Thursday, April 7, 2011

4/8/11 Report - Two Eight-Reale Royals

Two Mexico Mint Royals From the Early 1700s.

When people find cobs or look to buy cobs, they find out how difficult it can be to identify a cob. Cobs often don't have mint marks, assayer initials or dates. As the survey showed the majority of this blog's reader who have found reales have found eight reales. Therefore I decided to present some of the best examples of the types of cobs you are likely to find on the Treasure Coast.

Of course many of the cobs found on the Treasure Coast come from the 1715 Fleet, even though there are wrecks from other time periods here. Therefore I selected some examples just prior to 1715, which are common dates found on the Treasure Coast wrecks.

I was looking through the Menzel book on treasure coins and noticed this one Mexican 8 reale that really stuck out. It is a royal, or presentation piece, but it just looked especially fine to me. I think it must be about the best looking workmanship that I've seen on a cob. I'm talking about the coin shown on the left above.

As you can see, it shows the OM, indicating the Mexican mint and the J, indicating assayer Jose Esutaquio de Leon y Losa, who worked at the Mexican mint from 1700 - 1724, under the reign of Philip V, and who later went on to serve at the mint in Guatemala in 1733. He is known for his workmanship and variety of design styles.

In this coin you can also easily see the date, 1714 at about the ten o'clock position above the shield.

For beach finds, you seldom find a "royal," but rather an oddly shaped and much more poorly executed cob with corrosion on top of it all. Therefore you would be lucky to find all of that information clearly displayed on any single cob.

To me, that coin looks almost too good to be true, even when compared to other royals of the same general time period.

I thought you Treasure Coast treasure hunters might find this coin to be a useful example.

The one on the right is not bad either, but doesn't look as fine to me. I added it for comparison and to show a few things. It was done under the same assayer (J), but in the year 1705. You can see that the design is slightly different.

There are numerous differences between those two coins. All of the different designs and varieties makes studying cobs very challenging. It is pretty overwhelming for me.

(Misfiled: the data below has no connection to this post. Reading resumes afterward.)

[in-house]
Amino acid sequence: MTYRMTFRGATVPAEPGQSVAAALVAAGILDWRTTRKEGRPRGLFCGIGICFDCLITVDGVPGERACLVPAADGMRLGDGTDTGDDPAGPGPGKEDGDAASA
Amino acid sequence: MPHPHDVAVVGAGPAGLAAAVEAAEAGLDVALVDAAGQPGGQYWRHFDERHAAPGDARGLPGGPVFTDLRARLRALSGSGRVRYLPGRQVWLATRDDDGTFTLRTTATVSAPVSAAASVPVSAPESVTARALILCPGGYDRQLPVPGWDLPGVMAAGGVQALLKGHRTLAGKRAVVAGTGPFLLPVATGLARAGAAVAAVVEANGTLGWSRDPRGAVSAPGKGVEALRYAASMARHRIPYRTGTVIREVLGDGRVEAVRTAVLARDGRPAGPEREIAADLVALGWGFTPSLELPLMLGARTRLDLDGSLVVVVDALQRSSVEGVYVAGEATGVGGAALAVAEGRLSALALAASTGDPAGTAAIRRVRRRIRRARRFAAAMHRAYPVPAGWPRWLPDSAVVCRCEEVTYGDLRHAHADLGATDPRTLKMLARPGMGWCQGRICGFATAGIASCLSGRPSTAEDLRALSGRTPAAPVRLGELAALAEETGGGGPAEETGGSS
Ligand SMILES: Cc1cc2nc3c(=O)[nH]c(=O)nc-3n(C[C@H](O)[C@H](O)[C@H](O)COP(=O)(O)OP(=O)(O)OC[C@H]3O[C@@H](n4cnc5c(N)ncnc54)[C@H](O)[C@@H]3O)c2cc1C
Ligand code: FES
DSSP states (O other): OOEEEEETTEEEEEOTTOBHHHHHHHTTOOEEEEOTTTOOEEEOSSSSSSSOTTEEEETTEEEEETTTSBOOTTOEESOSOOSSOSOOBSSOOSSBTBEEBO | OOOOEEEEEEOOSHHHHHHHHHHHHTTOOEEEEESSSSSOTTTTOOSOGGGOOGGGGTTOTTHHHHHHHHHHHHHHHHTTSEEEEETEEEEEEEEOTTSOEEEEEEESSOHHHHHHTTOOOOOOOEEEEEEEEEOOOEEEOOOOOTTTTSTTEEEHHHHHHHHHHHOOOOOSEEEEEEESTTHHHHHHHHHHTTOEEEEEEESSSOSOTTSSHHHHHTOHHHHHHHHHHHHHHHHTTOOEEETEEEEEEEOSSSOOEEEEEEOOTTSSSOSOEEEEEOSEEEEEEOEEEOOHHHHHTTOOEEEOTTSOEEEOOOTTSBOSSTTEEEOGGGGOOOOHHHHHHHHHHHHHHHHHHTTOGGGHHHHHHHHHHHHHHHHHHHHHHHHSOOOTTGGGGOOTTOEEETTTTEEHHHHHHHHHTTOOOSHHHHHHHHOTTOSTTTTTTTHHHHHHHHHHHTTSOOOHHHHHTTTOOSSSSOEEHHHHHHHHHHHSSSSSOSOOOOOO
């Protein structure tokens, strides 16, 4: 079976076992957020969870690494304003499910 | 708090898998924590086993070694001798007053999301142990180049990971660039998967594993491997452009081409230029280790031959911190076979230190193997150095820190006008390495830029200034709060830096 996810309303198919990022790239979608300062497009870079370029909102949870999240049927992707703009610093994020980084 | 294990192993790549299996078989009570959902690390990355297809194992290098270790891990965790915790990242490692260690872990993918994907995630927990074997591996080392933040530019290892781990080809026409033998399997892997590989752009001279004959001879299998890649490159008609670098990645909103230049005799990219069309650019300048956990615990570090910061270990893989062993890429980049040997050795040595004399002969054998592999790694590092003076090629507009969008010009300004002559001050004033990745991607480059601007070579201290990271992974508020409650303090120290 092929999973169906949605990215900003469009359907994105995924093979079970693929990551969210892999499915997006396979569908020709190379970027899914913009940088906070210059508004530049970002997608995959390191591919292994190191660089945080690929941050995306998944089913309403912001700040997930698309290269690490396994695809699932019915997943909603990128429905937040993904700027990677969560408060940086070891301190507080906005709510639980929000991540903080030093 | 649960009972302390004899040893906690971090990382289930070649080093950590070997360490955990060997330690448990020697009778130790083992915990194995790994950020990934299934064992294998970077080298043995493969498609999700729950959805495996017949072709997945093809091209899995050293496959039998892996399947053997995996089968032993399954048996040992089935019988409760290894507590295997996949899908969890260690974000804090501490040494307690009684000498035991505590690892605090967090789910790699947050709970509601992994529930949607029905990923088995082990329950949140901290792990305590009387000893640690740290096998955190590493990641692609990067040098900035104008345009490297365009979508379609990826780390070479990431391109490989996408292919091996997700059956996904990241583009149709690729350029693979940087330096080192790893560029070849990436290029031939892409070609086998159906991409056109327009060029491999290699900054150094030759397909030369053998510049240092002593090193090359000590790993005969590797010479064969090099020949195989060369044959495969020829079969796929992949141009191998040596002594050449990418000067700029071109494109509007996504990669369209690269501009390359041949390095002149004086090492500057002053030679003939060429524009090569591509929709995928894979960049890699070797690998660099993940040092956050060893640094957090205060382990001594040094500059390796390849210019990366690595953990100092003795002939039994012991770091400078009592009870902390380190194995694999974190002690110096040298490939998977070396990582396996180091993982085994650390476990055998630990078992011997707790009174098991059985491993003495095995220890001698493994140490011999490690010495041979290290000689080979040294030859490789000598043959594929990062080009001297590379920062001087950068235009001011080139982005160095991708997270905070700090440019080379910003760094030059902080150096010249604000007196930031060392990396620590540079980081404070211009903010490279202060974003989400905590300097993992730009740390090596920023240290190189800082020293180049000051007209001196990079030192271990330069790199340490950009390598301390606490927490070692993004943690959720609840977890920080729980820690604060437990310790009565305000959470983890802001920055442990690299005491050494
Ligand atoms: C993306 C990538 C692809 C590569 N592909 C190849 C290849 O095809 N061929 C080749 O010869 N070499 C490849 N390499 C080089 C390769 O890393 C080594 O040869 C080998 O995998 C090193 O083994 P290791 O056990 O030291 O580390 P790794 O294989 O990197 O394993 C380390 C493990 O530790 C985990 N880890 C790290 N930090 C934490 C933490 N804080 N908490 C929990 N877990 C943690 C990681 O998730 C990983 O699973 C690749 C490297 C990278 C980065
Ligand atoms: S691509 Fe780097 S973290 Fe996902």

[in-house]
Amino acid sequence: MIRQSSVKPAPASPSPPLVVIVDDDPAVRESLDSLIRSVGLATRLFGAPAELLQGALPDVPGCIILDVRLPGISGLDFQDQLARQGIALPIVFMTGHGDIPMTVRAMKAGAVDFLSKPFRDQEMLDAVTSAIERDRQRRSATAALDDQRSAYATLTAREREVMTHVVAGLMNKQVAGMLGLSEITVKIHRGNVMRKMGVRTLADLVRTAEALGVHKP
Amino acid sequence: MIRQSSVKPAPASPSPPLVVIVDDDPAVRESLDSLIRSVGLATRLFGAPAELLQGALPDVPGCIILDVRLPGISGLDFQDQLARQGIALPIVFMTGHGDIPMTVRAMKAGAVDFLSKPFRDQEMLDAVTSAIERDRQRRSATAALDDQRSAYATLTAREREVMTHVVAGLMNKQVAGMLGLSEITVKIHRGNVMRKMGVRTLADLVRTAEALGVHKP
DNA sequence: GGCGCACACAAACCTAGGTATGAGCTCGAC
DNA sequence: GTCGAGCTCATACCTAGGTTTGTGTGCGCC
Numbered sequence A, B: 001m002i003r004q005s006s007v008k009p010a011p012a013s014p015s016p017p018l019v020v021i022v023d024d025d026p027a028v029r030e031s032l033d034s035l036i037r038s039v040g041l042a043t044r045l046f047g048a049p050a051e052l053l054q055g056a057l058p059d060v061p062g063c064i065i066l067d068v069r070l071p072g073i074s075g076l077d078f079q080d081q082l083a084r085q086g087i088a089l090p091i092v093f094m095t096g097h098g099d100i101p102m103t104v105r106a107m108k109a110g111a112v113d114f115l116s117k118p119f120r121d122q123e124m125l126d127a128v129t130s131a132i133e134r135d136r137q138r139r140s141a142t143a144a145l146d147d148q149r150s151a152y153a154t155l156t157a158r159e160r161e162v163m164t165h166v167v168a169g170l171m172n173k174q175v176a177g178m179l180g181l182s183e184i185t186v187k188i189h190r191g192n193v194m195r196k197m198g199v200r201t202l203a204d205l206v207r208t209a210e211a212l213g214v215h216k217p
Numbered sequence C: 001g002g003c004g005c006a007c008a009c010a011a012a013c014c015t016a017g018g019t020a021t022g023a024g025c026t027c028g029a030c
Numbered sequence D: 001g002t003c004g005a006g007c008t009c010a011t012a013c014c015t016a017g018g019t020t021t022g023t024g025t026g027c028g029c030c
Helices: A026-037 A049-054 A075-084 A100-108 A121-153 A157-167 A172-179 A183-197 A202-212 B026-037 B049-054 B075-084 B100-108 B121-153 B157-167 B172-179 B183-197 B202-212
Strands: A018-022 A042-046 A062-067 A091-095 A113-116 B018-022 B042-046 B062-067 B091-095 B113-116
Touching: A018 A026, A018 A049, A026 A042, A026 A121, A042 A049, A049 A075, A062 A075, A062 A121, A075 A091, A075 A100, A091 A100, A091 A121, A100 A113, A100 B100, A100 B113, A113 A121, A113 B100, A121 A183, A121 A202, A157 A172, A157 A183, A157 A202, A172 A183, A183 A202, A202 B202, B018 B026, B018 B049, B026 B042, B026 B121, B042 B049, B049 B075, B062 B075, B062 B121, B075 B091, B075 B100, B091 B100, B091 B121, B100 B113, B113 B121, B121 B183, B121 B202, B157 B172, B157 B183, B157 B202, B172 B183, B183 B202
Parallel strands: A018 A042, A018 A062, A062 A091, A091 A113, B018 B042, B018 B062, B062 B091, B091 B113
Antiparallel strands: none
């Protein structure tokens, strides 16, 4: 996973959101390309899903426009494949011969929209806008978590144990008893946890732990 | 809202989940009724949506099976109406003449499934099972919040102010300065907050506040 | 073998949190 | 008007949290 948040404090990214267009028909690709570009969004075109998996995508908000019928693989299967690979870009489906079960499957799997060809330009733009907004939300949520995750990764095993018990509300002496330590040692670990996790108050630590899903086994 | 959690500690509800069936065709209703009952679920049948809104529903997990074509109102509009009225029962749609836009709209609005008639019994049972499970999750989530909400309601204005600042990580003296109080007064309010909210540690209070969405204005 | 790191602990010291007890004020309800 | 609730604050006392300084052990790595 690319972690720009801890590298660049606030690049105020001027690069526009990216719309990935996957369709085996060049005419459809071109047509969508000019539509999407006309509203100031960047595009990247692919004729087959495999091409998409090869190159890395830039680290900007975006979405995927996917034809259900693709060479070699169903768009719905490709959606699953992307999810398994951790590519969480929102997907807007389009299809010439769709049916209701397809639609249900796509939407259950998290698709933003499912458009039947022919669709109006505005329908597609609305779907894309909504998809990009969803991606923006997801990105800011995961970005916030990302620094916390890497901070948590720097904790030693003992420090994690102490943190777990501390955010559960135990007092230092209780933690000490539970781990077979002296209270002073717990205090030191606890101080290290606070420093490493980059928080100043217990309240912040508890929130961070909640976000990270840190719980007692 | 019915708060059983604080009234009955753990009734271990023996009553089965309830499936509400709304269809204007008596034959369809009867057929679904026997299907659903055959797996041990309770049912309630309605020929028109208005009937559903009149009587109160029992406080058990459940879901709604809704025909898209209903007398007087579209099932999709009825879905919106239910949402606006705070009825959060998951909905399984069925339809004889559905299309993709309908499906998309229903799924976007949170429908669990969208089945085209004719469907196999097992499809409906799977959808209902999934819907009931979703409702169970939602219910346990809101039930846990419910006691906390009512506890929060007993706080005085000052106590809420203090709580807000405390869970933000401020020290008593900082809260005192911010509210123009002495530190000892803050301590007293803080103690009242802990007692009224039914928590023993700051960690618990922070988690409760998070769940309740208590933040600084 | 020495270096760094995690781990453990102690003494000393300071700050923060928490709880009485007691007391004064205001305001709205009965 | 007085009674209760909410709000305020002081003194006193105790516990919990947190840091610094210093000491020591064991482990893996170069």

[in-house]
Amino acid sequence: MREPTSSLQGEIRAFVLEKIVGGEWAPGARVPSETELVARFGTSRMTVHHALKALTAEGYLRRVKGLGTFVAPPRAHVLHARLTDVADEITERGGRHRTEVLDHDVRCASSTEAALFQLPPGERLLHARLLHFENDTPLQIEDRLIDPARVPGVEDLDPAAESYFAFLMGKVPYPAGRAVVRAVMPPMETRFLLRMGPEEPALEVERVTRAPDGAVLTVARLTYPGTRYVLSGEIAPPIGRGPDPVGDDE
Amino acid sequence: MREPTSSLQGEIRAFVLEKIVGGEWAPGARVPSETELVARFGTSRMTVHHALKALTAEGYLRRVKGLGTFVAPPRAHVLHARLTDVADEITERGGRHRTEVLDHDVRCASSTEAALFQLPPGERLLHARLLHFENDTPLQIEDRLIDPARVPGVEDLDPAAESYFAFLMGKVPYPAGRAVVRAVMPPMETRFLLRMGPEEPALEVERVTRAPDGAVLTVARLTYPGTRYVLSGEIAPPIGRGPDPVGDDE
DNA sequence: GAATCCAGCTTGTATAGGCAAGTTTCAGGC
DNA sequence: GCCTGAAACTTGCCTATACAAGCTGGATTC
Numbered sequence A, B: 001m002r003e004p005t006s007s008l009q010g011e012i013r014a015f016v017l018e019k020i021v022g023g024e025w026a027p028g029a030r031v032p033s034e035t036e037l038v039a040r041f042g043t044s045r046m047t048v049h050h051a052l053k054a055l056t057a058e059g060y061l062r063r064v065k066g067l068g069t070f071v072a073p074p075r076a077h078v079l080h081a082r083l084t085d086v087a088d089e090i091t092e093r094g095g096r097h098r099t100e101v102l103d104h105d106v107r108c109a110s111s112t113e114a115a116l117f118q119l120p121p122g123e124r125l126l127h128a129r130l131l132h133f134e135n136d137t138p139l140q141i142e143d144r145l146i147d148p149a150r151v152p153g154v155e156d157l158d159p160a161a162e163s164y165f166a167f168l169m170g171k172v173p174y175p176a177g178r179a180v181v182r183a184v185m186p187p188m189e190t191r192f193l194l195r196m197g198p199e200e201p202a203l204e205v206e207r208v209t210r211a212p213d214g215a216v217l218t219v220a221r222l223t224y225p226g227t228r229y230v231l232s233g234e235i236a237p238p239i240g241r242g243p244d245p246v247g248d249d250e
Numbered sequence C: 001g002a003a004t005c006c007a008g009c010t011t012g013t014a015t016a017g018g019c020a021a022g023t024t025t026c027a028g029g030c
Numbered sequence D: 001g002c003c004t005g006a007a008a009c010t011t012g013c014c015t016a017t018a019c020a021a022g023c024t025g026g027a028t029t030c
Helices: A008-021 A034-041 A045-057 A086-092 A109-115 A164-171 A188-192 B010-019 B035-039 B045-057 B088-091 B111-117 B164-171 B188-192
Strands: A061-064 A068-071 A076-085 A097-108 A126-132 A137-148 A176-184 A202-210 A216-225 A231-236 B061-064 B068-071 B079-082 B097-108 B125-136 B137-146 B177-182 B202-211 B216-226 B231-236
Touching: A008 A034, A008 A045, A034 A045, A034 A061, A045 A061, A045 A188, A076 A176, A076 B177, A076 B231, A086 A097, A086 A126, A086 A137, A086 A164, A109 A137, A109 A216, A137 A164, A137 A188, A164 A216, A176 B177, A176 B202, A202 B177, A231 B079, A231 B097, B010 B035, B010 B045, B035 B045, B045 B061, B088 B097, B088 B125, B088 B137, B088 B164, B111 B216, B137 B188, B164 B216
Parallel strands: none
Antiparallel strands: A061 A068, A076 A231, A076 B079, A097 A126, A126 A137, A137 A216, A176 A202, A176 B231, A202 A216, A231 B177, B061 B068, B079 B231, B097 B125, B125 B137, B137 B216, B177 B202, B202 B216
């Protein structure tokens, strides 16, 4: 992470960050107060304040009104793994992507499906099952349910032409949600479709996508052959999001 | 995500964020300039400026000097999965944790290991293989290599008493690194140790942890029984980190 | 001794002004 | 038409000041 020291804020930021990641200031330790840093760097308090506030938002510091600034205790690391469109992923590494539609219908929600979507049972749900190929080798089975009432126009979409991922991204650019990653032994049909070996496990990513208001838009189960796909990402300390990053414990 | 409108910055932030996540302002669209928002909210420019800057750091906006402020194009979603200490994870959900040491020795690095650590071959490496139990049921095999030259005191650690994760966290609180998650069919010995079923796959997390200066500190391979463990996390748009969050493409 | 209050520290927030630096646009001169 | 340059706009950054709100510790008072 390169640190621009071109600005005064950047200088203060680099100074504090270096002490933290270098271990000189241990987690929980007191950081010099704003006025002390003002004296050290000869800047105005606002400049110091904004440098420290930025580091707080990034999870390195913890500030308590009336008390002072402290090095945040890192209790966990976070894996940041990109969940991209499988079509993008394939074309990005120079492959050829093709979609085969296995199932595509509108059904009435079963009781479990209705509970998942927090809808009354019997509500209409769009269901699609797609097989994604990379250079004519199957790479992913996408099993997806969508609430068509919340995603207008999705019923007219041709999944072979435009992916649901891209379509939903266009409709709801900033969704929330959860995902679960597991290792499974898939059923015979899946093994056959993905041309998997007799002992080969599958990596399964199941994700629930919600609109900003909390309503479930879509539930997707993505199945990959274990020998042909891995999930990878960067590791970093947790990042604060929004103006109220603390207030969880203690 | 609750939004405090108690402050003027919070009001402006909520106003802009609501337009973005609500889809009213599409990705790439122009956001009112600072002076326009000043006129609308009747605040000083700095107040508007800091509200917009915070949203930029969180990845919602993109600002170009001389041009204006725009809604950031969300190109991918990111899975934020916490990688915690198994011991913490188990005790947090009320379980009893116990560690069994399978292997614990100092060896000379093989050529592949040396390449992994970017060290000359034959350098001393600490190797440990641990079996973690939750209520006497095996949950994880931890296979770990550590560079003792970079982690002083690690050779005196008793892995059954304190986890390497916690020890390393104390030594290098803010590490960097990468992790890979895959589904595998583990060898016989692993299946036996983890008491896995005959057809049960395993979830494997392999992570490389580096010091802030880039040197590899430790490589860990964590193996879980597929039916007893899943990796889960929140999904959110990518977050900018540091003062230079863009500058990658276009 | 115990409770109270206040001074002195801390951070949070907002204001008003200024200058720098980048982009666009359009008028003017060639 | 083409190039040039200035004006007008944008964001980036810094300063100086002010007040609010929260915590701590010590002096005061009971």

There are some rather obvious differences and some you have to look for. One of the more noticeable differences is the crown. A more subtle difference is in the shield. Even though both cobs show the same shield, on the 1705 example, the Bourbon crest in the middle covers part of the castle to the left of it,while in the 1714 cob, the Bourbon crest covers the entire castle. That design began in 1714.

As you can see, if you really know your cobs, and I don't, there are a lot of clues to a coins origination and date, even when you don't see the date or other marks.

The 1714 example also has rosettes above and below the denomination (8) and above and below the OMJ. Jose maintained this design from 1714 on through his work at Mexico.

There are also differences to be found on the reverse as well.

I personally like half reales. There is something about the monograms that I like better than the shields. Maybe it is the fact that you seldom get anything close to a full design on any one half reale, so you have to piece together what you learn from a variety of different examples. It's like a puzzle.

If you stashed away your old gold and silver finds in a safe deposit box, you should be very happen with the way prices have increased.

I mentioned before that Chinese antiques are bringing very high prices these days.

Kovels Komments reports on a jade plaque that sold for over $94,000. Here is what they said about that.

A carved Chinese celadon jade plaque, an oval just 6 inches high, sold for a surprising price at Clars Auction Gallery in Oakland, California, in March 2011. Estimated at $1,500, it sold for $94,800 to a collector from Taiwan. If you have a piece of Asian jade, pottery, or ivory that has a family history dating before 1950, it would be wise to take it to an expert, preferably at a museum. It might be very, very old and worth a lot of money. Most likely it is just a recent piece or a good copy. But we have recently reported on at least four pieces that went for unexpectedly high prices.

I found a nice virtual book about the Nuevo El Constante Shipwreck. You might want to take a look.

Treasure Coast Beach Conditions and Forecast.

The weather is beautiful. The water was a little rougher today than I expected, yet still pretty calm. The tide was pretty low too.

The wind is now from the southeast and the seas will remain calm for a few days. The cut that I showed two days ago has basically disappeared, but the shells and fossils have reappeared on some beaches.

Not a bad day for water or low tide hunting, or again, for spring break beach hunting.

I know you might get tired of this reminder, but don't hunt in the water where there are shipwreck leases. I've talked about that in the past. I've provided information in the past about shipwreck lease areas, but I don't know about any possible changes and I can't define it for you precisely, so I won't try. I don't want to risk making an error and getting you into trouble. You are responsible for obeying the laws.

Cob hunting conditions remain poor. I've been having a lot of fun with junky artifacts though. Which reminds me, I have some to show after I learn more about them.

Oh, one more thing. They will be dumping new sand onto the south end of Bathtub Beach.

And I started a new survey on the blog. Don't forget to vote.

Happy hunting,